Many might have read or heard this quote before from The Weight of Glory, but below is a stirring quote by the great C.S. Lewis on desire.
Perhaps every desire that does arise within, even every wicked desire, is simply calling us towards he who is The Desire. Maybe we should not immediately suppress, push away these desires, but rather ask why such desires truly exist.
Listen to Lewis: Continue reading
This past weekend, I completed John Grisham’s most recent novel, Sycamore Row. I’ve read all his books (except for a couple of the children’s novels). This was truly an enjoyable read, mainly for 3 reasons:
1) I hadn’t read a fiction novel in a few month’s time, with my head mainly stuck in theology.
2) The book takes you back to where Grisham’s novels all began: the 1980’s in Clanton, Mississippi. Specifically it connects back to his first published novel, A Time to Kill.
3) For me, the book had a good, emotion-evoking end.
Here’s the Amazon blurb: Continue reading
First off, I’d like to thank the kind folk of IVP for a review copy of J.R. Briggs’ newest release, Fail: Finding Hope and Grace in the Midst of Ministry Failure. It’s always a pleasure to receive such gifts!
J.R. Briggs serves as Cultural Cultivator of The Renew Community, a Jesus community for skeptics and dreamers – based in Landsdale, PA. He also serves as Director of Leadership & Congregational Formation with The Ecclesia Network. Even more, he’s becoming most known for creating the Epic Fail Pastors Conference and now the penning of this new book.
Failure is not an easy word for pastors. Well, that’s probably true of most people! Of course, when many think of failure for pastors, their mind might typically imagine some grave moral failure. And, though, such is true at times, it is a small slice compared to the greater reality that pastors deal with concerning failure. Continue reading
Just this month, New Testament scholar, N.T. Wright, released his newest book to date: Surprised by Scripture. Wright continues to make more of his work available to a popular Christian audience, as opposed to his more weighty and academic works, such as his Christian Origins and the Question of God, currently a 4-volume and 3700+ page set (with 2 more volumes to be released at some point).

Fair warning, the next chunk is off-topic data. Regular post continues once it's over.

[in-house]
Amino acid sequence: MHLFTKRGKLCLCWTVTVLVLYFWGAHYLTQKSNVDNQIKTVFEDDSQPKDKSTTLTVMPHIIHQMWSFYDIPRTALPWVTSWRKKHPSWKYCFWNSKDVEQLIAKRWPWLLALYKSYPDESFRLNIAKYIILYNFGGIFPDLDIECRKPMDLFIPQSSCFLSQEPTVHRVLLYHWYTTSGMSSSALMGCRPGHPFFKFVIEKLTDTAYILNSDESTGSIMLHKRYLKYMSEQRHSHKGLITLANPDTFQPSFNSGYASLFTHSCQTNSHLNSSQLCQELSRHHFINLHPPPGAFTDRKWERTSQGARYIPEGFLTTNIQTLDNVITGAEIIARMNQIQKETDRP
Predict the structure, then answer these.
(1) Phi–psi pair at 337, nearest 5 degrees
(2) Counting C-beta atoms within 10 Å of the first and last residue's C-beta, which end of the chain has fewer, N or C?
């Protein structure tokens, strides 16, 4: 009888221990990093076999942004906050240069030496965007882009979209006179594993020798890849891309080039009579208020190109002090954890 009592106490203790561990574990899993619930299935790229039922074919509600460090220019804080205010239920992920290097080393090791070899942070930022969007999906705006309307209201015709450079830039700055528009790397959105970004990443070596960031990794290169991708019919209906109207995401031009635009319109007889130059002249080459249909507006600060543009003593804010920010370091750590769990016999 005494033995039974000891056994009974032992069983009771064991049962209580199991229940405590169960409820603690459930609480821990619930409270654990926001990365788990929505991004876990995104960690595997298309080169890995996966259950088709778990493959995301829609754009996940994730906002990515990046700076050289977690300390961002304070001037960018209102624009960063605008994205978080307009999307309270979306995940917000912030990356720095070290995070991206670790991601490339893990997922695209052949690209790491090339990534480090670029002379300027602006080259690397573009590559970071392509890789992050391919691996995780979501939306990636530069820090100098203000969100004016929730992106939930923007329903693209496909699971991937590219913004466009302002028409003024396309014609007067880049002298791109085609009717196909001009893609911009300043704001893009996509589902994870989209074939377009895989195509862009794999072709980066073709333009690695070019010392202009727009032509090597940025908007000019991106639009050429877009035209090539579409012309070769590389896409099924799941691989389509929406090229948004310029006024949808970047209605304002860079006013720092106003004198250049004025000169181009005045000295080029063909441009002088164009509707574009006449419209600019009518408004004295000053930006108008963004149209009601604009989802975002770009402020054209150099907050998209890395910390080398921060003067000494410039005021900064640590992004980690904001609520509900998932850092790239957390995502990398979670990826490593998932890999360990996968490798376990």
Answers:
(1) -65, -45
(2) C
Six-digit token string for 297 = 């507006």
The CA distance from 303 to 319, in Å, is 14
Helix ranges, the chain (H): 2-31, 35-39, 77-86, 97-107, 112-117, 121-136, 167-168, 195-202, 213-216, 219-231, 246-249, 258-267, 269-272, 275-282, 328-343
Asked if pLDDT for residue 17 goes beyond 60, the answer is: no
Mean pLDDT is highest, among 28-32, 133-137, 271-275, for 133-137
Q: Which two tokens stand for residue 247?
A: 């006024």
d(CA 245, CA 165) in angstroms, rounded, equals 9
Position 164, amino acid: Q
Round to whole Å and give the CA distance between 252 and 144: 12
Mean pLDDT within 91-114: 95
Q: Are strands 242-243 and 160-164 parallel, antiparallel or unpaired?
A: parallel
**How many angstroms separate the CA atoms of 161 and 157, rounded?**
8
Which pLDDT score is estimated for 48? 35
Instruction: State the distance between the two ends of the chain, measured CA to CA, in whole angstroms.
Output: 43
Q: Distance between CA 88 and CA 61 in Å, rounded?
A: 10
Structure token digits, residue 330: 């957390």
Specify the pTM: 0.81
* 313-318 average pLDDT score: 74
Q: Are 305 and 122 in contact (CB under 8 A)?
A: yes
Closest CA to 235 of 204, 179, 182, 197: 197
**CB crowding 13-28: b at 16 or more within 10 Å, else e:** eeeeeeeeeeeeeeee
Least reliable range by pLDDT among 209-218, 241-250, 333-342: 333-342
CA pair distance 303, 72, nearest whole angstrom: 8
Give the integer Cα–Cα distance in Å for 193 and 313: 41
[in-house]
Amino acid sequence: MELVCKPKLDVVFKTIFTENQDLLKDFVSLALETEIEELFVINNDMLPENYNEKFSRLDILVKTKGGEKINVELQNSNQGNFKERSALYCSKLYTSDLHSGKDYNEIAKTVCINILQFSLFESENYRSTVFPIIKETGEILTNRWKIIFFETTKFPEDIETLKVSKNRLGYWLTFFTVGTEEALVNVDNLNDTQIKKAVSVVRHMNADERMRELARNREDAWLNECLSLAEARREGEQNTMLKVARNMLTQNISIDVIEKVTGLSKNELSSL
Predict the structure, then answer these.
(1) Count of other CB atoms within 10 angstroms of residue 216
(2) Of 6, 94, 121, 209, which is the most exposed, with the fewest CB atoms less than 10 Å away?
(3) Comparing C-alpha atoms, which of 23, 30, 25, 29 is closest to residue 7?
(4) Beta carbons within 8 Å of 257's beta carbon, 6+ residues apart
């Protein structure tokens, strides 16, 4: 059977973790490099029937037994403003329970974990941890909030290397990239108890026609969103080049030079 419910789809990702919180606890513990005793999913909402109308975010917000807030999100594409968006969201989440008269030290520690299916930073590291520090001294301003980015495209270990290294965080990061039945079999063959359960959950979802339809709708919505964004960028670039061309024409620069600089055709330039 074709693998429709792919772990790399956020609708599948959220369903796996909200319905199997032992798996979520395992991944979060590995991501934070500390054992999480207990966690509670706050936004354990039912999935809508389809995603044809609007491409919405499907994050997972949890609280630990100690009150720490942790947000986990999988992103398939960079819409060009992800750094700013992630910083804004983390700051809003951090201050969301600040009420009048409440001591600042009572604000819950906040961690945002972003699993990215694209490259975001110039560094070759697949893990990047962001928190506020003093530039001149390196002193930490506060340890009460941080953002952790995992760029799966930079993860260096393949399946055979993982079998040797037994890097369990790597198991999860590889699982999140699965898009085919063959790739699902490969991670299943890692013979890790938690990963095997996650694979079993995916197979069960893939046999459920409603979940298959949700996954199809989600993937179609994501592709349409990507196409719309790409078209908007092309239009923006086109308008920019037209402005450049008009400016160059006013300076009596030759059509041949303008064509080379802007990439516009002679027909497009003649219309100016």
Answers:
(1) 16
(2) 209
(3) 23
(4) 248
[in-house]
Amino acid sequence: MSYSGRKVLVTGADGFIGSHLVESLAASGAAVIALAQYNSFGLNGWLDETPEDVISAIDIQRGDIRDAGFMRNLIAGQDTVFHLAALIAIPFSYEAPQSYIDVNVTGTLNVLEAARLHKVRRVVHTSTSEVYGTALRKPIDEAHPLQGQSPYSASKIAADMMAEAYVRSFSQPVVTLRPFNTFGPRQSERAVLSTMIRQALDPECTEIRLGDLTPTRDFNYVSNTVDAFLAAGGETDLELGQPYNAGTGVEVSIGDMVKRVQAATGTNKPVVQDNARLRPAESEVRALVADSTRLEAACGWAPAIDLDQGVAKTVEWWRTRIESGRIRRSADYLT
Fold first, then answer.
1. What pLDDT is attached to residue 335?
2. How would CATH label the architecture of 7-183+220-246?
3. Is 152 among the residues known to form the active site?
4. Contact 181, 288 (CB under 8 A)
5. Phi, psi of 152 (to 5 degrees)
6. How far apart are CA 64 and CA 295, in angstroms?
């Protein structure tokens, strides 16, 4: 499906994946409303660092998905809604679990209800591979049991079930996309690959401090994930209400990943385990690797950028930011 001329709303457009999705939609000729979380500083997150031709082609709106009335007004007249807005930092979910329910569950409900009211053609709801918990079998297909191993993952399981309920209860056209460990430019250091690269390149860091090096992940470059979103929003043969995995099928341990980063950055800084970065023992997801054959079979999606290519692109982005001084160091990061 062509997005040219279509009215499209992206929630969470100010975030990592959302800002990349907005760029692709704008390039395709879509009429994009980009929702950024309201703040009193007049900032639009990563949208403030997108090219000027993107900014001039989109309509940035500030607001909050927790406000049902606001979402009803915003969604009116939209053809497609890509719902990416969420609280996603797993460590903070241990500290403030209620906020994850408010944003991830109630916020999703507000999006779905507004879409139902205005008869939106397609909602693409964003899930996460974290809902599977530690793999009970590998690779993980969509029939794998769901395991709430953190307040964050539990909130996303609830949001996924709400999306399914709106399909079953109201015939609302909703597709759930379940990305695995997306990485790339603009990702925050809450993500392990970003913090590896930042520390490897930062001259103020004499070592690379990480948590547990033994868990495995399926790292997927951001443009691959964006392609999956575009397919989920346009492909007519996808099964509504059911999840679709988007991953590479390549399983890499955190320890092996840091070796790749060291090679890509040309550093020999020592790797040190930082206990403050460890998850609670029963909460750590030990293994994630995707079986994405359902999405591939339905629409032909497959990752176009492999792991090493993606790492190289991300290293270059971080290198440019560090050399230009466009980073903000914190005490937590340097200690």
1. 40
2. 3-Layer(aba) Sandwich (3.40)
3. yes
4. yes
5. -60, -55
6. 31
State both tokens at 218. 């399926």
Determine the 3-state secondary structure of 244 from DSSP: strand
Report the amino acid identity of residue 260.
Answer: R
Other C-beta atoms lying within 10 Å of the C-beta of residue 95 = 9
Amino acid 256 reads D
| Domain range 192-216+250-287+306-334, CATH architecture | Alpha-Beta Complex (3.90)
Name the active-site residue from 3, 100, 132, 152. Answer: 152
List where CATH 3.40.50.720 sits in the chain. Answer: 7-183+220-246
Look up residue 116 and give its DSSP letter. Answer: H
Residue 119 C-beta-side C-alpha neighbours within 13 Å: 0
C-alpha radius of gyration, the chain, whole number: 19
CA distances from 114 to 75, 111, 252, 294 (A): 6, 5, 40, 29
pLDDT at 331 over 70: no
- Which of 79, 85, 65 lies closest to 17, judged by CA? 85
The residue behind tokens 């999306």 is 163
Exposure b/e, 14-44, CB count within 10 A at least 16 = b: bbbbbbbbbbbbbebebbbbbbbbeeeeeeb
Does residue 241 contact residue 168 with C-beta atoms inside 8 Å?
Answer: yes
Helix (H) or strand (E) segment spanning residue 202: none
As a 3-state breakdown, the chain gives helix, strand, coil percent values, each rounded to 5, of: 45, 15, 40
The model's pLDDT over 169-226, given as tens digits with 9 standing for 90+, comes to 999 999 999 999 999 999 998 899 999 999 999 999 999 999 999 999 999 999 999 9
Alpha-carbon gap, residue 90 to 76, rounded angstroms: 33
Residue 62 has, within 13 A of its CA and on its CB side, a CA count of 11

First off, I want to offer a special thank you to Renee Senogles, Publicity Manager at HarperOne. She was kind to send a review copy a couple of months back. I always appreciate kind publishers willing to make copies available for free in exchange for reviewing them on one’s blog. Thanks, Renee! Continue reading
I recently received a review copy of Chris Smith and John Pattison’s new book, Slow Church: Cultivating Community in the Patient Way of Jesus. Much appreciation to the kind folk at IVP, such as Adrianna Wright!
I looked forward with great anticipation to the release of this book following both my reading of the Slow Church blog and Chris Smith’s initial e-book release, The Virtue of Dialogue: Conversation as a Hopeful Practice of Church Communities (I reviewed the book here).
I appreciate what Smith and Pattison are looking to communicate about a necessary foundation for the church – not because it’s something so greatly counter-cultural to “the world,” though it is. Rather because it is counter-cultural to the church of the west. I simply love the subtitle: Cultivating Community in the Patient Way of Jesus. We cannot microwave relationships, community nor discipleship. Well, we can try. But we all know what that will look like.
In a recent blog post, Pattison offers 10 practical ways of how to begin cultivating “slow church.” Read them below, but also check out the book! Continue reading